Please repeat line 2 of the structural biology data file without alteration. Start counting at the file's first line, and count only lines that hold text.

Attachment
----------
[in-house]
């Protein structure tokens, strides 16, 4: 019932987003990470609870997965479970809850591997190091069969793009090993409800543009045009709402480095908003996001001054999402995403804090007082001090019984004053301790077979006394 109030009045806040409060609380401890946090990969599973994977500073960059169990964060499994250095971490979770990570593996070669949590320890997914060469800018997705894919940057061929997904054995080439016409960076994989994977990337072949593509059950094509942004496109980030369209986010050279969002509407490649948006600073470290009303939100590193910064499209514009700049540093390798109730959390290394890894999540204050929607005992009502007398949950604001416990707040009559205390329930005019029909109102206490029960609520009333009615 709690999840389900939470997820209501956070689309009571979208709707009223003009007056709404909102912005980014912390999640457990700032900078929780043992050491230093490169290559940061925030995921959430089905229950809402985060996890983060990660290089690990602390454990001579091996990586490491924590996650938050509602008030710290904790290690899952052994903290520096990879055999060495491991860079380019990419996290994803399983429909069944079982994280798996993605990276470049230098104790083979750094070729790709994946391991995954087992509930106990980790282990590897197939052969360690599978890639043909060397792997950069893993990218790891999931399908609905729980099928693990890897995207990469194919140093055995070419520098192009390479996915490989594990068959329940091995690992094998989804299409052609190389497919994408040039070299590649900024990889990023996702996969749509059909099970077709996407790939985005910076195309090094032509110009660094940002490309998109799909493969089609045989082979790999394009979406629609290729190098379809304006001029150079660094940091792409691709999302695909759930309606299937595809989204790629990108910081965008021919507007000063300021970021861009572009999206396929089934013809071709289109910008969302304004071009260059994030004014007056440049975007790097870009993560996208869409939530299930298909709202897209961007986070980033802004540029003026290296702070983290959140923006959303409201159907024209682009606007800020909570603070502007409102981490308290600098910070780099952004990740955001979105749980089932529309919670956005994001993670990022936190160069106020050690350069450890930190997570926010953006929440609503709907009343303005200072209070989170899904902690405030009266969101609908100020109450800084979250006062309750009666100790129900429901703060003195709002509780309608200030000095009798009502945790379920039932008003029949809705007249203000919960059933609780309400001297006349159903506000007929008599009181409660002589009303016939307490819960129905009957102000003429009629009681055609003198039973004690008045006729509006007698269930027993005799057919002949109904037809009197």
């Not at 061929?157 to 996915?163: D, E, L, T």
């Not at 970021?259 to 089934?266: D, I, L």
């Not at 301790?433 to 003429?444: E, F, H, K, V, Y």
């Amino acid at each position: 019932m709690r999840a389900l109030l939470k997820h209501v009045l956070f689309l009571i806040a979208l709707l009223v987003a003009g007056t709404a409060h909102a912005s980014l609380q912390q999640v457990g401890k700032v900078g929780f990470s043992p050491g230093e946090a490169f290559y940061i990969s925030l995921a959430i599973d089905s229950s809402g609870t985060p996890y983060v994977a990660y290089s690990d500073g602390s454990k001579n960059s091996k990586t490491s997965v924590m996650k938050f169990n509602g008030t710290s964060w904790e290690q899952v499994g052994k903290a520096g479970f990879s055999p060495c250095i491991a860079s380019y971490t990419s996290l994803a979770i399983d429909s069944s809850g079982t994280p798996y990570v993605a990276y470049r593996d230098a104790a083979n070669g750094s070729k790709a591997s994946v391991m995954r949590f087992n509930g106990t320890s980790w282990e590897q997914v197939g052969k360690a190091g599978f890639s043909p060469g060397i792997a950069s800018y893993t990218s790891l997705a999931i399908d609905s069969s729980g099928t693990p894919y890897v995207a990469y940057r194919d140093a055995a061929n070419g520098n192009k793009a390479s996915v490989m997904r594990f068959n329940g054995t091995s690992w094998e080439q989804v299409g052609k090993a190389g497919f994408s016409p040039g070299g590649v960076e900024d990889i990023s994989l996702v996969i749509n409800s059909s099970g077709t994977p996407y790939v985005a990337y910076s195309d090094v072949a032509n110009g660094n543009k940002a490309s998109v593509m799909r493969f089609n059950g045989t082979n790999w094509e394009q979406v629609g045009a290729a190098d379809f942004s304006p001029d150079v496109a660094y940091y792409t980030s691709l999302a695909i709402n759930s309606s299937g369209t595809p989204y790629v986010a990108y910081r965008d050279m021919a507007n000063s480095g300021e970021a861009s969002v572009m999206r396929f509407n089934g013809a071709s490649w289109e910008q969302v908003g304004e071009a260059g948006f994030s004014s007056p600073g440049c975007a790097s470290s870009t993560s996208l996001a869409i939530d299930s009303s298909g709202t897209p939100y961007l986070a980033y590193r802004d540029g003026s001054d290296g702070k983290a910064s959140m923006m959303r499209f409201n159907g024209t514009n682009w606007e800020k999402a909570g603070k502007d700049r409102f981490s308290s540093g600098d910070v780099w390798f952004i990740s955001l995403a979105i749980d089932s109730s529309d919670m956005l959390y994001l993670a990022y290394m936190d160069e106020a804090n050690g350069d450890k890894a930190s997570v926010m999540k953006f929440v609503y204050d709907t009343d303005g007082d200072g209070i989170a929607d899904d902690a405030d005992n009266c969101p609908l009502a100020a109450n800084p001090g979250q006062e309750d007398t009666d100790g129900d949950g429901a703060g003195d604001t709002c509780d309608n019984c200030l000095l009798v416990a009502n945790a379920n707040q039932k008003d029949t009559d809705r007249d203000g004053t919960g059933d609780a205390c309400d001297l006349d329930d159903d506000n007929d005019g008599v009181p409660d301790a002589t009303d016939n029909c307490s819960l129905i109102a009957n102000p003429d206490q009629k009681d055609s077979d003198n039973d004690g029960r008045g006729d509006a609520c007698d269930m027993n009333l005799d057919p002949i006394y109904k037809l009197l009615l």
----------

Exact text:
């Protein structure tokens, strides 16, 4: 019932987003990470609870997965479970809850591997190091069969793009090993409800543009045009709402480095908003996001001054999402995403804090007082001090019984004053301790077979006394 109030009045806040409060609380401890946090990969599973994977500073960059169990964060499994250095971490979770990570593996070669949590320890997914060469800018997705894919940057061929997904054995080439016409960076994989994977990337072949593509059950094509942004496109980030369209986010050279969002509407490649948006600073470290009303939100590193910064499209514009700049540093390798109730959390290394890894999540204050929607005992009502007398949950604001416990707040009559205390329930005019029909109102206490029960609520009333009615 709690999840389900939470997820209501956070689309009571979208709707009223003009007056709404909102912005980014912390999640457990700032900078929780043992050491230093490169290559940061925030995921959430089905229950809402985060996890983060990660290089690990602390454990001579091996990586490491924590996650938050509602008030710290904790290690899952052994903290520096990879055999060495491991860079380019990419996290994803399983429909069944079982994280798996993605990276470049230098104790083979750094070729790709994946391991995954087992509930106990980790282990590897197939052969360690599978890639043909060397792997950069893993990218790891999931399908609905729980099928693990890897995207990469194919140093055995070419520098192009390479996915490989594990068959329940091995690992094998989804299409052609190389497919994408040039070299590649900024990889990023996702996969749509059909099970077709996407790939985005910076195309090094032509110009660094940002490309998109799909493969089609045989082979790999394009979406629609290729190098379809304006001029150079660094940091792409691709999302695909759930309606299937595809989204790629990108910081965008021919507007000063300021970021861009572009999206396929089934013809071709289109910008969302304004071009260059994030004014007056440049975007790097870009993560996208869409939530299930298909709202897209961007986070980033802004540029003026290296702070983290959140923006959303409201159907024209682009606007800020909570603070502007409102981490308290600098910070780099952004990740955001979105749980089932529309919670956005994001993670990022936190160069106020050690350069450890930190997570926010953006929440609503709907009343303005200072209070989170899904902690405030009266969101609908100020109450800084979250006062309750009666100790129900429901703060003195709002509780309608200030000095009798009502945790379920039932008003029949809705007249203000919960059933609780309400001297006349159903506000007929008599009181409660002589009303016939307490819960129905009957102000003429009629009681055609003198039973004690008045006729509006007698269930027993005799057919002949109904037809009197």